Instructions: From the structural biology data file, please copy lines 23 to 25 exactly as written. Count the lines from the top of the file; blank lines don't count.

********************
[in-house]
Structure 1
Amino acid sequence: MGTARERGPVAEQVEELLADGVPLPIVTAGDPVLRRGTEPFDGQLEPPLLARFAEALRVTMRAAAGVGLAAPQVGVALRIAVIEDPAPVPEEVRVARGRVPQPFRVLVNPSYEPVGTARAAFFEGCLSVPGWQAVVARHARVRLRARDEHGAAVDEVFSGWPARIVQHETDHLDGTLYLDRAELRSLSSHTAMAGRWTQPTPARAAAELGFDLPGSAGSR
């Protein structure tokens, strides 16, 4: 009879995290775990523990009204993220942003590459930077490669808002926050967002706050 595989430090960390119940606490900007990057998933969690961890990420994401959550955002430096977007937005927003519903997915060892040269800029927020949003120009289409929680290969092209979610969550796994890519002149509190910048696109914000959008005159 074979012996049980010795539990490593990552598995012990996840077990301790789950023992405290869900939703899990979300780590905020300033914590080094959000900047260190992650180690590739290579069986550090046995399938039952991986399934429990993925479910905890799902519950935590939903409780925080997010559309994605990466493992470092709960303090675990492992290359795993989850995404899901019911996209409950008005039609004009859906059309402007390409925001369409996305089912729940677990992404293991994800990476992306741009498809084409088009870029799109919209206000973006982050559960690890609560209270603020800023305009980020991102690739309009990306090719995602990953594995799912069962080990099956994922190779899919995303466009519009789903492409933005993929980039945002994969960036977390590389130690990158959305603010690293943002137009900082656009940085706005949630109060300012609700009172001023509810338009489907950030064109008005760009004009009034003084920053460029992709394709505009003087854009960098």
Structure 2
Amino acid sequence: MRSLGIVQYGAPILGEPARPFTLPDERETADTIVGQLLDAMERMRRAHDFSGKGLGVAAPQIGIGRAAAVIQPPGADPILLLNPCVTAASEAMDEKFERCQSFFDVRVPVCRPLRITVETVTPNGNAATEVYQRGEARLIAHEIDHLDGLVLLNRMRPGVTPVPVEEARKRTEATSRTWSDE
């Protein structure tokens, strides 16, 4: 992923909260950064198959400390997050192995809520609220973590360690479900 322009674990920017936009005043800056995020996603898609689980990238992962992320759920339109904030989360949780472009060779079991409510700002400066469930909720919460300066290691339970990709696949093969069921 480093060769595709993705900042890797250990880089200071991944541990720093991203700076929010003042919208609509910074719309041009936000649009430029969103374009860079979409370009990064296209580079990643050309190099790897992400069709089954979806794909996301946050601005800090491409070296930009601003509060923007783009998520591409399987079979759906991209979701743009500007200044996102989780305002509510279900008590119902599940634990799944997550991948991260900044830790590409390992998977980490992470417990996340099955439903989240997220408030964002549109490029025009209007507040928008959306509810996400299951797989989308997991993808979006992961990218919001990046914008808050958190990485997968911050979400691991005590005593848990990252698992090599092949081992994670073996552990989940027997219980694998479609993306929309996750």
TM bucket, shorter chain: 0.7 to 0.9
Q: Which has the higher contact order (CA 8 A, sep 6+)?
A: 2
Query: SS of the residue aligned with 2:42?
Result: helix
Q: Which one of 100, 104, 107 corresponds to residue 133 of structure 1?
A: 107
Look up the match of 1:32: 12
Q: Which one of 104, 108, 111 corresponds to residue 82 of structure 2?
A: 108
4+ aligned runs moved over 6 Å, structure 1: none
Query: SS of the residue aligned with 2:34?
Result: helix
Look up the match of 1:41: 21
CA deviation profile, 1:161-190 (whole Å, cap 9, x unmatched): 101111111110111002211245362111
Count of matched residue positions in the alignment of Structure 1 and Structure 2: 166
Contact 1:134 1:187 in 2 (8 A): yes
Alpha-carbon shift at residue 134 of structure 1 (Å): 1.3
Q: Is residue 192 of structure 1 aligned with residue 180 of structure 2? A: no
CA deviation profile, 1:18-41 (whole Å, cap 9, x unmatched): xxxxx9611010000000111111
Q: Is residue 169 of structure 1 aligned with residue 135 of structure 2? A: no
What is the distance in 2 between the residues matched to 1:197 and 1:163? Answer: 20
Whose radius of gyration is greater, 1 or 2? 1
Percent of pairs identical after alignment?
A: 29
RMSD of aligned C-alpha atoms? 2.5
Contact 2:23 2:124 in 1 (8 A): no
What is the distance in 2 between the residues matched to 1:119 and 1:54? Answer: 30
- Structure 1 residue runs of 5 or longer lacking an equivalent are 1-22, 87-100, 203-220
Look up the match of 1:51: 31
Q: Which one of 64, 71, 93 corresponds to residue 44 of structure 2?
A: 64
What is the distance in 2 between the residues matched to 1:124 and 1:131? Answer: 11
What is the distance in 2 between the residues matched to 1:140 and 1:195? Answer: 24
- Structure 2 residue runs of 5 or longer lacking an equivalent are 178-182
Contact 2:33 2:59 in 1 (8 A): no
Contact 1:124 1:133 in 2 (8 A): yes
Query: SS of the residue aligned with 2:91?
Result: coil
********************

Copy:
Count of matched residue positions in the alignment of Structure 1 and Structure 2: 166
Contact 1:134 1:187 in 2 (8 A): yes
Alpha-carbon shift at residue 134 of structure 1 (Å): 1.3